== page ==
Zero-Trust Security and Remote Access
The concept of zero-trust security is centered around the idea that an organization should not trust anything or anyone by default, both inside and outside of its infrastructure. Before granting access to the organization’s infrastructure, identity, device, apps, and other specifications must be verified.
The zero-trust model of cybersecurity replaced the old philosophy of surrounding the infrastructure with firewalls and assuming everything behind them is safe. In these old models, an attacker would only need to penetrate the infrastructure and to gain access to sensitive data.
With the zero-trust philosophy, an organization makes a conscious decision to verify every request, regardless of where in the network that request originates.
What Is Zero-Trust Security?
Zero-trust principles apply to both employees and machines. Instead of one system having permanent rights to another, zero-trust calls for any machine-to-machine requests to be fully verified, even if both systems are internal.
Bad actors aren’t the only factor driving the adoption of the zero-trust model. An evolving workplace means that an organization’s infrastructure is no longer neatly tucked away behind a firewall. Instead, IT services are typically provided by a mix of in-house and cloud services. Doing so creates a need for a new way of viewing trust.
Automatically trusting anything that connects to a network, as long as it has the right password, opens up any organization for a cyber attack. Once the attacker has gained access to the network, it’s too late.
Instead, zero-trust requires that the attacker match several other attributes, such as location, device, device health, and more. Even if an attacker can verify all of this information, a difficult task, and gain access to a network or system, the zero-trust model ensures that they won’t get far. A low level of initial privileges will make it exceedingly difficult to elevate the rights of a low-level user account.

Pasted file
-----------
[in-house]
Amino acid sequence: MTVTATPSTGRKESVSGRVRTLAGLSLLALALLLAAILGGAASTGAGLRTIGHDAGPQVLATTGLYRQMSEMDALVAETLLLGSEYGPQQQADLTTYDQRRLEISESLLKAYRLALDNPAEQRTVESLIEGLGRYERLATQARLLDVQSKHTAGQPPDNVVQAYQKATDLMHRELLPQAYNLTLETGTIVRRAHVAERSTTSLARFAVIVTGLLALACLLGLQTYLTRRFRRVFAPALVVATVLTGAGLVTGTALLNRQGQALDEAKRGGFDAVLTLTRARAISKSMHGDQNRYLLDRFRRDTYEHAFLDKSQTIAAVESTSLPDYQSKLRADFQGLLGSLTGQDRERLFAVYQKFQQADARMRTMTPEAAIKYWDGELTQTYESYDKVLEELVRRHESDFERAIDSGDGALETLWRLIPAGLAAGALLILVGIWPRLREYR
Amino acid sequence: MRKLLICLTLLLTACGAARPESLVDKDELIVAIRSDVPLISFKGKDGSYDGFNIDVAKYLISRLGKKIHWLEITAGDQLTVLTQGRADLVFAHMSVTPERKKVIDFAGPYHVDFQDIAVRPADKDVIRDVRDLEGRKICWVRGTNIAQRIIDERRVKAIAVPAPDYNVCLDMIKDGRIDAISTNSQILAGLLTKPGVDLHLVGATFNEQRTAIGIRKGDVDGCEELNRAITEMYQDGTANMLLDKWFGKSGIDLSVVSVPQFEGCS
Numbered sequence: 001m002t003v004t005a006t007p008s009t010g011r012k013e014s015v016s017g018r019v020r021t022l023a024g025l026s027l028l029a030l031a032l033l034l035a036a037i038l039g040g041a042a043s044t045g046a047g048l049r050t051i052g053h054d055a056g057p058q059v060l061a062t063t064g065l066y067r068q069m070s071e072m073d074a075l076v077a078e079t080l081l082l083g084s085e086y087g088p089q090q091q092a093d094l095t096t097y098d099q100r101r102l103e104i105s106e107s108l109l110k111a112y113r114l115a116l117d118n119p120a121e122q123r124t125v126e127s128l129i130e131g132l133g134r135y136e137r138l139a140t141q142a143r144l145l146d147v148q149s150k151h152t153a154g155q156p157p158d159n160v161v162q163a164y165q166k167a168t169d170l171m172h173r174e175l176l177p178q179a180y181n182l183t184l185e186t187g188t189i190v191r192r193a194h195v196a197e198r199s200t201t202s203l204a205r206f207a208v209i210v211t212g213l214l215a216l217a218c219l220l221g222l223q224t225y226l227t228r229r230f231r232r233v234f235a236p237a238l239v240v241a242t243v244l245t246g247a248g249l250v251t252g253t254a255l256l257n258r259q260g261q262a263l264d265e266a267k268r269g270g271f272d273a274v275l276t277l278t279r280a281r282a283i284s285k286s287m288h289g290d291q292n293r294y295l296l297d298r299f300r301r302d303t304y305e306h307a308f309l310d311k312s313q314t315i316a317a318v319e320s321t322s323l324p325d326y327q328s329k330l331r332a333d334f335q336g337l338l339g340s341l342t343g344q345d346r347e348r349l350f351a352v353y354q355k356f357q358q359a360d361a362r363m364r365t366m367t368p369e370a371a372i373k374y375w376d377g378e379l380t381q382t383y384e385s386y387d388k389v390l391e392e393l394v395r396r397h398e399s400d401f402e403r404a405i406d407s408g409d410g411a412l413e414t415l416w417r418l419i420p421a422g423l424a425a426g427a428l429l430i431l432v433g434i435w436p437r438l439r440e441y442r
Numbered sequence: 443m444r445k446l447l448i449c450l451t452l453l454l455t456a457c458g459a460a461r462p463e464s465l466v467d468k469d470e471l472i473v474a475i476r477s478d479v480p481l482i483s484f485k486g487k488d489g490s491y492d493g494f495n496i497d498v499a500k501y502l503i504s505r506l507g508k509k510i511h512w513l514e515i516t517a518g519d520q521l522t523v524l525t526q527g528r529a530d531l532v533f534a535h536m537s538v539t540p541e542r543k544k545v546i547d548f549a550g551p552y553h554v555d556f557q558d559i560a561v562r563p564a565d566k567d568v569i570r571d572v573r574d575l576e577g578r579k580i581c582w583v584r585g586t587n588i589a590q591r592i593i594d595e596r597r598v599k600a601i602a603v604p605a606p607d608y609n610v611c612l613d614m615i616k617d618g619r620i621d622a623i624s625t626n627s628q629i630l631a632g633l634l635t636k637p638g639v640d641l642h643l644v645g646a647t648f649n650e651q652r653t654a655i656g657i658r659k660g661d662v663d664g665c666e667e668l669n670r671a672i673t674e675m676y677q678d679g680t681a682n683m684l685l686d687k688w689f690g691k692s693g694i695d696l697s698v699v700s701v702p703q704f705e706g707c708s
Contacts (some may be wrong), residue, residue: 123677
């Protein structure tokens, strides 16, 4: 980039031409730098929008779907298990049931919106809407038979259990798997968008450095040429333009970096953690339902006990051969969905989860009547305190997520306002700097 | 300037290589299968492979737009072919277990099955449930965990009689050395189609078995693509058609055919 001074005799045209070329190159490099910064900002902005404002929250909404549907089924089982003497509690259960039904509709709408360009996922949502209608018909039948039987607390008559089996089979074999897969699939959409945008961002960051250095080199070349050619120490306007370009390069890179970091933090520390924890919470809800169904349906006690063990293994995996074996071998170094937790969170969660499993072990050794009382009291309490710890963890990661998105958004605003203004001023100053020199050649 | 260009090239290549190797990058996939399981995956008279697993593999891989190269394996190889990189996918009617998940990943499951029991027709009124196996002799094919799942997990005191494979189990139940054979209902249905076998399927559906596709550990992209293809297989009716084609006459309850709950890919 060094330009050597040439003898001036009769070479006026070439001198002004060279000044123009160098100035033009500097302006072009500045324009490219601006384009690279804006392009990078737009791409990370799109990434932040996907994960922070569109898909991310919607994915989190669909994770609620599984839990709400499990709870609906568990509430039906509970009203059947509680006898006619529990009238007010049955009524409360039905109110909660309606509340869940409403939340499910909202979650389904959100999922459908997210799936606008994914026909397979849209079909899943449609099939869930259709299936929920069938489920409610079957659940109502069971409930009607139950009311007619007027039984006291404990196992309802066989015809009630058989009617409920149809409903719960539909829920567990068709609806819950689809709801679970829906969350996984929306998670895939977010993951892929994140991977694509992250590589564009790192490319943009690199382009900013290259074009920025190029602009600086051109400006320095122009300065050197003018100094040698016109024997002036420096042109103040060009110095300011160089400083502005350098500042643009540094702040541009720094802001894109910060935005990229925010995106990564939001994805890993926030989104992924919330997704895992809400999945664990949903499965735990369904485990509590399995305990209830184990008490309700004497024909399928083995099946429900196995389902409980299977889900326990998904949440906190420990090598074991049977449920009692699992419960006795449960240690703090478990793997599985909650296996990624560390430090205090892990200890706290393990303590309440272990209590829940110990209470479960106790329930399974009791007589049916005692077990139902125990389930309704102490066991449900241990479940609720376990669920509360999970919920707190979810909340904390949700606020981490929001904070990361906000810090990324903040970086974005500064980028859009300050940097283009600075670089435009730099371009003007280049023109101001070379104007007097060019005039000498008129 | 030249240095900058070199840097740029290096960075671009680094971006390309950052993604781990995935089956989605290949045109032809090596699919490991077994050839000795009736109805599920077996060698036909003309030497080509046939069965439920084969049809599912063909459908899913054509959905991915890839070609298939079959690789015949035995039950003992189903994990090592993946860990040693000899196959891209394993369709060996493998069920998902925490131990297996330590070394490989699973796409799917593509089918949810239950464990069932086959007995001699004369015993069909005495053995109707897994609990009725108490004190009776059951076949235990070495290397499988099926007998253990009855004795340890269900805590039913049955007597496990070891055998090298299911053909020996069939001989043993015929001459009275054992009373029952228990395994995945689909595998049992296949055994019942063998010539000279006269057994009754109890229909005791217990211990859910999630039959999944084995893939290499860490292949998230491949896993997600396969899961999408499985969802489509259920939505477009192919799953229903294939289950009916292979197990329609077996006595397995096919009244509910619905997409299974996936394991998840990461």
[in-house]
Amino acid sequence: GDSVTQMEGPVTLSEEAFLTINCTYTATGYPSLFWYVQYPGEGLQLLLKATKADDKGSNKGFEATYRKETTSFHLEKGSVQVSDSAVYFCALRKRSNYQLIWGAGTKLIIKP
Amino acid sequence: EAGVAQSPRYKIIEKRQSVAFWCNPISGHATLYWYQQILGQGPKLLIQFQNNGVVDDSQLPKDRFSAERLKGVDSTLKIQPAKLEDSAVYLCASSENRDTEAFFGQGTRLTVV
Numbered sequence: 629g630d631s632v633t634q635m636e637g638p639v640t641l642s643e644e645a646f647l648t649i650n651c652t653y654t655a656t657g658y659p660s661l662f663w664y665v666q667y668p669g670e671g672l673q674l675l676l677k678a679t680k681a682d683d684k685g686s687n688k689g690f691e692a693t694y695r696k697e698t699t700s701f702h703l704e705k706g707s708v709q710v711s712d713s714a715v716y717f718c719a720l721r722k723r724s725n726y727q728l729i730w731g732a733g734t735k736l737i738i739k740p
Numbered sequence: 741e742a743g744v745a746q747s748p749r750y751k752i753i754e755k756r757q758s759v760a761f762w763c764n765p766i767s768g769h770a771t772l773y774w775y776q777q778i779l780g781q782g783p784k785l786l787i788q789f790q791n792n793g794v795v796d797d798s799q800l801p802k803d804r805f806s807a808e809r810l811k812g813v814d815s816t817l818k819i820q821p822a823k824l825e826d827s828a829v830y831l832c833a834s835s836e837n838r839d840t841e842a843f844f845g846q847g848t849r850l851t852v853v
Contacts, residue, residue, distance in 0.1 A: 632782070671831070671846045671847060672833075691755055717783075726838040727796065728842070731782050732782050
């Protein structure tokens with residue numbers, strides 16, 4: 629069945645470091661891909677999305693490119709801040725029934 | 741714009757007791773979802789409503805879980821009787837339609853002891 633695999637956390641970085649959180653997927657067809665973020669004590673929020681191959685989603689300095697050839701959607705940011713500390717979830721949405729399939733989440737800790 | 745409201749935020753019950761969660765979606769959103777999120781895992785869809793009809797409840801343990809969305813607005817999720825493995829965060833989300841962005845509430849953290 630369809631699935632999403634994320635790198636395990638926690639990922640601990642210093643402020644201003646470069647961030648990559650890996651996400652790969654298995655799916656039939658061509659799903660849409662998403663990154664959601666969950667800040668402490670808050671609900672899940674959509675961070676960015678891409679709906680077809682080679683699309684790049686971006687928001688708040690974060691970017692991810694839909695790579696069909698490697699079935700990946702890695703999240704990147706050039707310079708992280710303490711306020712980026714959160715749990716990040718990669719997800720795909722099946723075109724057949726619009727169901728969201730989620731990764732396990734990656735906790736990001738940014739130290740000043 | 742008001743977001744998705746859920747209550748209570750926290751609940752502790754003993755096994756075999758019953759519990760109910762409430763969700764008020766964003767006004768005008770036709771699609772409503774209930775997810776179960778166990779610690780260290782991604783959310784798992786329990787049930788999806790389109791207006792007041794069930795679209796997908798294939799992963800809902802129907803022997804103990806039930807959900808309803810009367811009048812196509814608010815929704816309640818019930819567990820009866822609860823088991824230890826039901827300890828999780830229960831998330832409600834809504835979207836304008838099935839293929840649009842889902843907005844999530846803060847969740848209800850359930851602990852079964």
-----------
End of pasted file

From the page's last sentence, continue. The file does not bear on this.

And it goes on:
What Is Zero-Trust Remote Access?
Zero-trust remote access applies this cybersecurity model to the specific needs of employees, partners, machines, or clients requiring a connection to the internal network.
Remote work adds levels of complexity to securing an internal network that security specialists have dealt with for years. Gone were the days of having employees use internal machines at all times. Zero-trust remote access was created as the workplace became more spread out and more integrated with other systems.
Zero-trust remote access uses secrets management technologies to provide access to systems and applications that remote employees require, but only when they require access. The practice of providing permanently open access is completely removed with a zero-trust model as there is no “always allow” privilege given to any account.
How Does Zero-Trust Security Work with IAM and PAM?
Identity and Access Management (IAM) and Privileged Access Management (PAM) are two key technologies that the zero-trust framework relies on.